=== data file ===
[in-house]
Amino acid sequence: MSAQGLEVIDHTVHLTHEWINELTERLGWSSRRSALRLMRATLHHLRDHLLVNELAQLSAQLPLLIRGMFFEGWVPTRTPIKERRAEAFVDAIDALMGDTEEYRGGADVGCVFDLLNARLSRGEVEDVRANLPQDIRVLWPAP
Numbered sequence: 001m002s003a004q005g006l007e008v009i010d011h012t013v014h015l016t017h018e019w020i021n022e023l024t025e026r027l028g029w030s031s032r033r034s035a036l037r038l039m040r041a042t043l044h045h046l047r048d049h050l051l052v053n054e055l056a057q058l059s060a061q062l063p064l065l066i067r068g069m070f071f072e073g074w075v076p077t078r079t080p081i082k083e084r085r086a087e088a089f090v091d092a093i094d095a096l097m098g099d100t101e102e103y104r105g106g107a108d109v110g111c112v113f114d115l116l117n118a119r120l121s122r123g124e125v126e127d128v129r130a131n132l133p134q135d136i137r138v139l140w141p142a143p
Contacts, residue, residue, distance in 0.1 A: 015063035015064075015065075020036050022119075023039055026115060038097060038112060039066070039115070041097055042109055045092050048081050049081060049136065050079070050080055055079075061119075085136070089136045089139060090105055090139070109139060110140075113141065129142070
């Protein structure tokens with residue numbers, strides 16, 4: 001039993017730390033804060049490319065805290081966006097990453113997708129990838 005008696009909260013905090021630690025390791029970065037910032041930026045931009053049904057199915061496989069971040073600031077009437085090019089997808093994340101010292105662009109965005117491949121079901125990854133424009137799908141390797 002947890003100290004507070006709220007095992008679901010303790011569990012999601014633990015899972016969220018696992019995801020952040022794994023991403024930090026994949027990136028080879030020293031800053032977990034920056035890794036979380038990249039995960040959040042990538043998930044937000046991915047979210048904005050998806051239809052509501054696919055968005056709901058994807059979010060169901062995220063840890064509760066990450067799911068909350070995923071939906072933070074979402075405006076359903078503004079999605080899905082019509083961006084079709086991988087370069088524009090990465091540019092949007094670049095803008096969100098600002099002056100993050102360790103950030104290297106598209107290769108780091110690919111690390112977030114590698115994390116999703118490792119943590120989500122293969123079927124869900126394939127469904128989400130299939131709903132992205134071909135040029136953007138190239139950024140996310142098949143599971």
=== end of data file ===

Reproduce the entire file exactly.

[in-house]
Amino acid sequence: MSAQGLEVIDHTVHLTHEWINELTERLGWSSRRSALRLMRATLHHLRDHLLVNELAQLSAQLPLLIRGMFFEGWVPTRTPIKERRAEAFVDAIDALMGDTEEYRGGADVGCVFDLLNARLSRGEVEDVRANLPQDIRVLWPAP
Numbered sequence: 001m002s003a004q005g006l007e008v009i010d011h012t013v014h015l016t017h018e019w020i021n022e023l024t025e026r027l028g029w030s031s032r033r034s035a036l037r038l039m040r041a042t043l044h045h046l047r048d049h050l051l052v053n054e055l056a057q058l059s060a061q062l063p064l065l066i067r068g069m070f071f072e073g074w075v076p077t078r079t080p081i082k083e084r085r086a087e088a089f090v091d092a093i094d095a096l097m098g099d100t101e102e103y104r105g106g107a108d109v110g111c112v113f114d115l116l117n118a119r120l121s122r123g124e125v126e127d128v129r130a131n132l133p134q135d136i137r138v139l140w141p142a143p
Contacts, residue, residue, distance in 0.1 A: 015063035015064075015065075020036050022119075023039055026115060038097060038112060039066070039115070041097055042109055045092050048081050049081060049136065050079070050080055055079075061119075085136070089136045089139060090105055090139070109139060110140075113141065129142070
């Protein structure tokens with residue numbers, strides 16, 4: 001039993017730390033804060049490319065805290081966006097990453113997708129990838 005008696009909260013905090021630690025390791029970065037910032041930026045931009053049904057199915061496989069971040073600031077009437085090019089997808093994340101010292105662009109965005117491949121079901125990854133424009137799908141390797 002947890003100290004507070006709220007095992008679901010303790011569990012999601014633990015899972016969220018696992019995801020952040022794994023991403024930090026994949027990136028080879030020293031800053032977990034920056035890794036979380038990249039995960040959040042990538043998930044937000046991915047979210048904005050998806051239809052509501054696919055968005056709901058994807059979010060169901062995220063840890064509760066990450067799911068909350070995923071939906072933070074979402075405006076359903078503004079999605080899905082019509083961006084079709086991988087370069088524009090990465091540019092949007094670049095803008096969100098600002099002056100993050102360790103950030104290297106598209107290769108780091110690919111690390112977030114590698115994390116999703118490792119943590120989500122293969123079927124869900126394939127469904128989400130299939131709903132992205134071909135040029136953007138190239139950024140996310142098949143599971």